Revisiting Black Sabbath’s “Vol. 4”: How the Band’s 4th Album Marked the Beginning of the End
Released 45 years ago this month, we take a look back at the band’s cocaine-fueled hit album which was the beginning of the end for the band’s classic lineup…
Black Sabbath broke out on the rock scene in 1970 with dark new sound. The band’s self titled debut album arguably started the heavy metal genre. The band’s next two albums, Paranoid and Master of Reality, would launch them into rock stardom with hits such as “Iron Man”, “War Pigs”, “Sweet Leaf”, and “Children of the Grave”. Guitarist Tony Iommi brought forth the idea of tuning the guitar down one and half steps which created the heavy sound the band was known for. The low tuning also made it less painful for Iommi to play after his fingers were severed, partially, in a factory accident.
By 1972, the band was at the top of their game. Paranoid was album to chart #12 on the U.S. album charts with virtually no airplay and the following year Master would reach #8 upon its release. When it came time for a 4th album, the band had made some changes…
On Vol. 4, the band started to experiment with newer sounds and not be pigeon holed into the genre they helped create. The was the first to not feature their longtime producer Rodger Brian, instead, production duties were assumed by guitarist Tony Iommi. “The experimental stage we began with Master of Reality continued with Vol. 4, and we were trying to widen our sound and break out of the bag everyone had put us into” says Tony Iommi in a 1992 interview.
The album features the band’s traditional heavy sound with tracks “Tomorrow’s Dream”, “Supernaut” (a favorite of Frank Zappa and Beck Hansen) and “Snowblind” (also the album’s working title but changed by the label due to the song’s obvious reference to cocaine). The tracks have a raw, punk sound that sound like classic Stooges songs. Iommi’s guitar has a dirt, muddy, sound who’s riffs chug along almost as if the band is following him. The band’s experimentation with new sounds can be heard on tracks like “FX”, “Laguna Sunrise” but perhaps the most prominent track to feature the band’s ideas is “Changes”.
With music composed by Iommi and lyrics written by bassist Geezer Butler, “Changes” is a piano ballad inspired by the ongoing breakup between drummer Bill Ward and his wife. Iommi composed track on a piano and a mellotron he found in the ballroom of the Bel-Air mansion the band was renting out at the time. Iommi taught himself to play both. Singer Ozzy Osborne sat down next to Iommi and hummed the melody over the riff while Butler wrote the lyrics. “I thought that was brilliant from the moment we recorded it,” says Ozzy in his memoir.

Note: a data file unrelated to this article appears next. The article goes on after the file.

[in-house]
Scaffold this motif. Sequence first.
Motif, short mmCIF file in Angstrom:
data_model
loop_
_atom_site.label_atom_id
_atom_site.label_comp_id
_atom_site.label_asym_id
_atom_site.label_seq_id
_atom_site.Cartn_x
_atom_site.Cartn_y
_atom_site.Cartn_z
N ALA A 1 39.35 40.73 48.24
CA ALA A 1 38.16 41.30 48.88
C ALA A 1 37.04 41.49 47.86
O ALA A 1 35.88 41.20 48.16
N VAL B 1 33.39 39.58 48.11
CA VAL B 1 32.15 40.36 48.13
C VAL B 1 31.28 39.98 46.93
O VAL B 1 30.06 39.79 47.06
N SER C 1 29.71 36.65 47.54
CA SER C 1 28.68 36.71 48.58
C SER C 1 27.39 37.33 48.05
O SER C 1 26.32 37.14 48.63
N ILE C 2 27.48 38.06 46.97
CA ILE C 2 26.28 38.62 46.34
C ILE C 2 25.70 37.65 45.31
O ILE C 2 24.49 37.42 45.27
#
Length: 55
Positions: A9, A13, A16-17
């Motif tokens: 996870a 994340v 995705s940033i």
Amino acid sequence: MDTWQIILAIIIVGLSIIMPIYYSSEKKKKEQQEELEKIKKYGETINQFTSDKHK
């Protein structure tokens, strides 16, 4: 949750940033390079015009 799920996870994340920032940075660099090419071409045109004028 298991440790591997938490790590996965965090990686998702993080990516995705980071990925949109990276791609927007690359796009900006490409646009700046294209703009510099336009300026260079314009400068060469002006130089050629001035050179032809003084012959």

The acoustic instrumental “Laguna Sunrise” was composed by Iommi after staying up all night watching the sunrise at Laguna Beach. The track features an orchestra and Iommi on acoustic guitar. In his memoir Iron Man: My Journey Through Heaven and Hell with Black Sabbath, Tony Iommi recounts that the band brought the orchestra in to accompany the guitar, however, they refused to play until their parts were properly written. The same orchestra also performed on the track “Snowblind”.
Despite the band’s successful ventures into new sounds and styles, the recording process was plagued with problems which can be attributed to the band’s significant substance abuse. Iommi stated in his biography that the band would have boxes of cocaine delivered regularly. “By the time we got to Bel Air we were totally gone. It really was a case of wine, women and song, and we were doing more drugs than ever before,” says Iommi.
Bill Ward recounted in his biography the troubles of recording the song “Cornucopia”: “I hated the song, there were some patterns that were just horrible”, Ward said. “I nailed it in the end, but the reaction I got was the cold shoulder from everybody. It was like ‘Well, just go home, you’re not being of any use right now.’ I felt like I’d blown it, I was about to get fired.”
In a separate interview, Ward states “Yes, Vol. 4 is a great album, but listening to it now, I can see it as a turning point for me, where the alcohol and drugs stopped being fun.” Butler, in the same interview also recounts the band’s lifestyle during the album “Yeah, the cocaine had set in. We went out to L.A. and got into a totally different lifestyle. Half the budget went on the coke and the other half went to seeing how long we could stay in the studio … We rented a house in Bel-Air and the debauchery up there was just unbelievable.”
In his biography, I Am Ozzy, Osborne also revisits the band’s debaucheries during the recording, “In spite of all the arsing around, musically those few weeks in Bel Air were the strongest we’d ever been…Eventually we started to wonder where the fuck all the coke was coming from … I’m telling you: that coke was the whitest, purest, strongest stuff you could ever imagine. One sniff, and you were king of the universe.”
Despite the problems caused by the band’s drug use, the album was still a success for the group reaching #13 on the US Charts and eventually reaching gold status a few months later. However, “Tomorrow’s Dream”, the album’s only single, failed to chart. The album has been cited by many heavy metal groups ranging from Iron Maiden to Metallica for its influence in metal music but in spite of all its success and influence, the album would be one of the last to feature the original line up and singer Ozzy Osborne who would be fired from the band due to his extensive drug and alcohol abuse.